Norms, law and deviance: the international prohibition of torture

This dissertation by Max Lesch analyzes the connection between deviance and the development of international norms.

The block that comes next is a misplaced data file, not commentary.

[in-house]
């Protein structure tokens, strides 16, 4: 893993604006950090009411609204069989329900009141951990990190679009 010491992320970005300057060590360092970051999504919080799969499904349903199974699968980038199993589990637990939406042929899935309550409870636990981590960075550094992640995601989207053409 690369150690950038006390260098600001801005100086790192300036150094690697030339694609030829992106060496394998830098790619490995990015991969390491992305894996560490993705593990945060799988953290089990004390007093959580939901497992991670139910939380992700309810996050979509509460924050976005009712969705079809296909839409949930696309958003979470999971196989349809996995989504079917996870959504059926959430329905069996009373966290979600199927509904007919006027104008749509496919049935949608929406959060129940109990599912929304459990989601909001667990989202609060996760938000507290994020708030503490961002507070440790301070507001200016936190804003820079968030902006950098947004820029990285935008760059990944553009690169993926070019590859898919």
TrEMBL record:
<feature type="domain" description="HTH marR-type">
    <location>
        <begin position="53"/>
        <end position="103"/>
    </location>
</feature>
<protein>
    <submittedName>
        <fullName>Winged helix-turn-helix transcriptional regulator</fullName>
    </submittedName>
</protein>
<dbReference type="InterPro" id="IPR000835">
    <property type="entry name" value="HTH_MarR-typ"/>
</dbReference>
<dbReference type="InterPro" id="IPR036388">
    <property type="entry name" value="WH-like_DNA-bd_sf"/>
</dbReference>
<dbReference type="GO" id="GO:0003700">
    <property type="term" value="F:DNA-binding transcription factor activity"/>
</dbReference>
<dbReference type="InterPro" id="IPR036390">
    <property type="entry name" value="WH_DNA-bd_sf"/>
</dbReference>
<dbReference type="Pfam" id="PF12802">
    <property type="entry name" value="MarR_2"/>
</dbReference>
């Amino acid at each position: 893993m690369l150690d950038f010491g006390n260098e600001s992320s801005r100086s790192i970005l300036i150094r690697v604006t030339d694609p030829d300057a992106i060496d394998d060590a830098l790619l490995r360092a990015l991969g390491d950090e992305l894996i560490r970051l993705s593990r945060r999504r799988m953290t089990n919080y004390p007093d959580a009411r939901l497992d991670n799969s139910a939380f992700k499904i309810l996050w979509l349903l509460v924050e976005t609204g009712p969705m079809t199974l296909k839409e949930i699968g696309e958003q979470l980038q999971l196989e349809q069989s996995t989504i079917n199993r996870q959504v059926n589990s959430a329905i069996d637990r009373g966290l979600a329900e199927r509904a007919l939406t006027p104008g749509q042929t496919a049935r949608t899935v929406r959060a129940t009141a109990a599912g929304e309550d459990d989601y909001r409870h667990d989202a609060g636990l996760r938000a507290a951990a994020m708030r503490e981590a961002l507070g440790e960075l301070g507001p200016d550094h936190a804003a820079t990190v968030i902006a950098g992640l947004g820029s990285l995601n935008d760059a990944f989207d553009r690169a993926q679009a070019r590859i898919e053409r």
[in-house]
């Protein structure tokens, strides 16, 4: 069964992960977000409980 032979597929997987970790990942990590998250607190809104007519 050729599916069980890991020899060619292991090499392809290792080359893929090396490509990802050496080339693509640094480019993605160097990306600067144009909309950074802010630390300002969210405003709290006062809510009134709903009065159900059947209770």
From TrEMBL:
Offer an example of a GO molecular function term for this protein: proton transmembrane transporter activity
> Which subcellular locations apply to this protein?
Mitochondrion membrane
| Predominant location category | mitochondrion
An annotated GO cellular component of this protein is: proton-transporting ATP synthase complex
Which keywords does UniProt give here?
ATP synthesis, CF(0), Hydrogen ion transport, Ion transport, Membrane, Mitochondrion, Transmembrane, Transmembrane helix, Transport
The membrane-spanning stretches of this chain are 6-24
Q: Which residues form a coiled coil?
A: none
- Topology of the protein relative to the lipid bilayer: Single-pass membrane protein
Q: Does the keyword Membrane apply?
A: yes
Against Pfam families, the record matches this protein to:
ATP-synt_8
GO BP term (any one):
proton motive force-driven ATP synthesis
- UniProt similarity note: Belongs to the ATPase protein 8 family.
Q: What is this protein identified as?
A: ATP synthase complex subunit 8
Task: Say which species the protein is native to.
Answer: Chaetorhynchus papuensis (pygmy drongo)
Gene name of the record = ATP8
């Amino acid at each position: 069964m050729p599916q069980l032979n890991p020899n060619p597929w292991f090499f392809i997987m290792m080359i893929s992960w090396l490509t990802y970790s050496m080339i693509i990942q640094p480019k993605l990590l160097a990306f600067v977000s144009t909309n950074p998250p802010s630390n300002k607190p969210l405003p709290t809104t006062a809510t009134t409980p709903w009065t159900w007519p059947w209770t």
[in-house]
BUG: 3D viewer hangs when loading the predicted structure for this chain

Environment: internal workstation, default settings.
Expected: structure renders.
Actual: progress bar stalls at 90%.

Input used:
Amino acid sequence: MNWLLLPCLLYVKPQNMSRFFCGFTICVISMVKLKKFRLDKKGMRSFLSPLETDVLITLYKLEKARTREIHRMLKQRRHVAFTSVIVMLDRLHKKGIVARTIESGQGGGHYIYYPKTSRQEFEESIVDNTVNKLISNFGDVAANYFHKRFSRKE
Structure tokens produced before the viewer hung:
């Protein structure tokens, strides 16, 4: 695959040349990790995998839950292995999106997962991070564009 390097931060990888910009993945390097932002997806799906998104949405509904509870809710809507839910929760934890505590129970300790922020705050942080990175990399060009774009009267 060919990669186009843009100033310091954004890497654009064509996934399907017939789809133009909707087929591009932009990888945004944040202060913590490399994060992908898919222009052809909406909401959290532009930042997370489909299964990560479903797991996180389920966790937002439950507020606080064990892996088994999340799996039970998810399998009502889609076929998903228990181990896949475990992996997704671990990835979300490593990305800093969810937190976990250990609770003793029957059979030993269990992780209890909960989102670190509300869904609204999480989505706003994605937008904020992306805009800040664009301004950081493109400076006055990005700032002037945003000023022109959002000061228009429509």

How has deviance from the international prohibition of torture affected the dynamics of the norms and laws of the prohibition? Norm research in International Relations and International Law has come to competing, if not contradictory, answers to this question oscillating between productive and destructive assessments of the effects of deviance. I argue that this is often due to a narrow focus on single instances of norm violations or due to the underlying concepts of norms and law itself, biased towards an over-emphasis on norm conformity or regularity of practice. Since the prohibition of torture builds a cornerstone of the broader human rights regime which indeed faces diverse challenges, a better understanding of the nexus of norms, law and deviance is crucial to foster the robustness of the prohibition. In my dissertation, I combine a constructionist perspective on deviance with a long-term perspective on norm dynamics to trace the effects of deviance on the prohibition of torture in four episodes: torture in the colonial war in the 1950s and 1960s, in Chile and Northern Ireland in the 1970s, in Israel in the 1990 and in and by the United States in the early 2000s. I follow a discourse analytical approach to reconstruct how states and international (legal) institutions construct deviance from the prohibition of torture, how states react to labels of deviance, how this, in turn, affects norm dynamics on a more formal level and how debates about deviance differ across time.